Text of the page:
Dismiss Notice
Join Physics Forums Today!
The friendliest, high quality science and math community on the planet! Everyone who loves science is here!

Evaluating expression for e

  1. Jun 6, 2006 #1
    How to you evaluate the expression for e (the limit) ? I don't see how you could do this unless you do it numerically since e is irrational:confused:
  2. jcsd
  3. Jun 6, 2006 #2


    User Avatar
    Staff Emeritus
    Science Advisor
    Gold Member

    What do you mean by "evaluate"?

    (And you realize the square root of 2 is irrational, right)
  4. Jun 6, 2006 #3


    User Avatar
    Science Advisor

    What limit are you talking about? There exist an infinite number of functions or sequences that have limit e. Of course, how you evaluate a limit has nothing to do with whether the limit is rational or irrational.
  5. Jun 7, 2006 #4
    Ok, I'll just ask this:

    [tex]\lim_{x\rightarrow\infty} (1 + \frac{1}{n})^n[/tex]

    How would I find that limit?
  6. Jun 7, 2006 #5


    User Avatar
    Staff Emeritus
    Science Advisor
    Gold Member

    That limit's easy: it's (1 + 1/n)^n. :smile:

    That limit, once you fix the typo, will be equal to e. How you prove it depends on what you use as your definition of e. (Some people use that limit as the definition of e, so it's a rather trivial proof!)
  7. Jun 7, 2006 #6
    The only way I've ever been able to prove it (without really thinking about the topic - I'm sure there are other proofs) is to use logarithms and L'H[tex]\hat{o}[/tex]pital's rule. I'll start it off and you can fill in the rest.

    [tex]y = (1 + \frac{1}{n})^n[/tex]

    [tex]ln(y) = ln(1 + \frac{1}{n})^n[/tex]

    [tex]ln(y) = n \cdot ln(1 + \frac{1}{n})[/tex]

    [tex]\lim_{n\rightarrow \infty} ln(y) = \lim_{n\rightarrow \infty} n \cdot ln(1 + \frac{1}{n})[/tex]

    Now the right side is [tex] \infty \cdot 0[/tex] so you can apply L'H[tex]\hat{o}[/tex]pital's rule.
  8. Jun 7, 2006 #7


    User Avatar
    Science Advisor
    Homework Helper


    But you're using the value of e to derive the value of e with the natural logarithm - that's somewhat circular.
  9. Jun 7, 2006 #8


    User Avatar
    Staff Emeritus
    Science Advisor
    Gold Member

    If you never use the value of e, you cannot possibly prove that the limit is e. :tongue:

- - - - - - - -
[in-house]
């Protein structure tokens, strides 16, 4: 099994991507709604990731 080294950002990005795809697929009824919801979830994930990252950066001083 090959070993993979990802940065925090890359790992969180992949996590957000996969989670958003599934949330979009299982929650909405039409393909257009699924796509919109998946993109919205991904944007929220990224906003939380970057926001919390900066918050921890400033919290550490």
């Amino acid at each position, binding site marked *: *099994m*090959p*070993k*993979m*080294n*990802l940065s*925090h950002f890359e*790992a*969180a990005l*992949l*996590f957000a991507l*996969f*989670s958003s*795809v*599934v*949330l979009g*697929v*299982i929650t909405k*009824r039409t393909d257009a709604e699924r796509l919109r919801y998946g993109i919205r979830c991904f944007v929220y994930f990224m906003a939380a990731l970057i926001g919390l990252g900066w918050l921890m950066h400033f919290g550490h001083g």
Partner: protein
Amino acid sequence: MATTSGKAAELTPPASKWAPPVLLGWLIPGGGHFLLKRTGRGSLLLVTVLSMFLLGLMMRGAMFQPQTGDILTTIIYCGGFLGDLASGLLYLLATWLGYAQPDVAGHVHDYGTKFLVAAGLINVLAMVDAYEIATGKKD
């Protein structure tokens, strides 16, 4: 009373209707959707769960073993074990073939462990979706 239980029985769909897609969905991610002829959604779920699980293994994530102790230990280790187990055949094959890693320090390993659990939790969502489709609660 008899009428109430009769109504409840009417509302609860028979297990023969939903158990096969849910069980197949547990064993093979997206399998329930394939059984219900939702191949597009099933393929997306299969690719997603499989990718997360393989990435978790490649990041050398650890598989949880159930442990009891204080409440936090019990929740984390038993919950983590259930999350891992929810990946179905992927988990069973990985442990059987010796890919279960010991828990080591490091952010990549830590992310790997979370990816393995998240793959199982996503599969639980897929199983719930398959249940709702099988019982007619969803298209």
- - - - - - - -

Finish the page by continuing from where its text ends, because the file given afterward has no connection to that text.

10. Jun 7, 2006 #9


    User Avatar
    Homework Helper

    You can prove that the limit is some number, and that it's, say, less than 3. Or you can compute it numerically by plugging in larger and larger values of n to get better and better approximations. But, as has been mentioned, you need a definition of e to show it equals e. One thing you could do is show different definitions are equivalent. For example, prove

    [tex]\lim_{n\rightarrow \infty} (1+\frac{1}{n})^n = \sum_{n=0}^{\infty} \frac{1}{n!}[/tex]
    Last edited: Jun 8, 2006
  11. Jun 9, 2006 #10
    So we can use,

    [tex]\lim_{h\rightarrow0} \frac{e^h - 1}{h} = 1[/tex]

    as our definition and with it we can show the limit in my above post is equal to e?
  12. Jun 10, 2006 #11


    User Avatar
    Homework Helper


    we can make any number of definitions for e and prove they are equivelent. For each definition to be valid we should prove that there exist at least one number satisfying the definition (existence), and that there do not exist more than one number satisfying the definition (uniqueness).

    Your definition is my prefered one, but a possible problem is the function a^x must be defined (again any number of definitions are possible).

    I personally patch this up this way.

    Theorem:there exist a function f:R->R such that for all real numbers x,y
    a) f(x)*f(y)=f(x+y)
    b) lim x(real)->0 [f(x)-1]/x=1
    Theorem: if f and g are two functions as above f=g

    Definition: if f is a function as above

    Several potential definitions of e are
    e=lim n(natural)->infinity (1+1/n)^n
    e=sum n(natural) 1/n!
    1=lim x(real)->0 (e^h-1)/h (having defined a^x)
    if f'(x)=f(x) f(0)=1 e=f(1)
    log(e)=1 (having defined log(x))

    There are other likely more interesting possibilities
Share this great discussion with others via Reddit, Google+, Twitter, or Facebook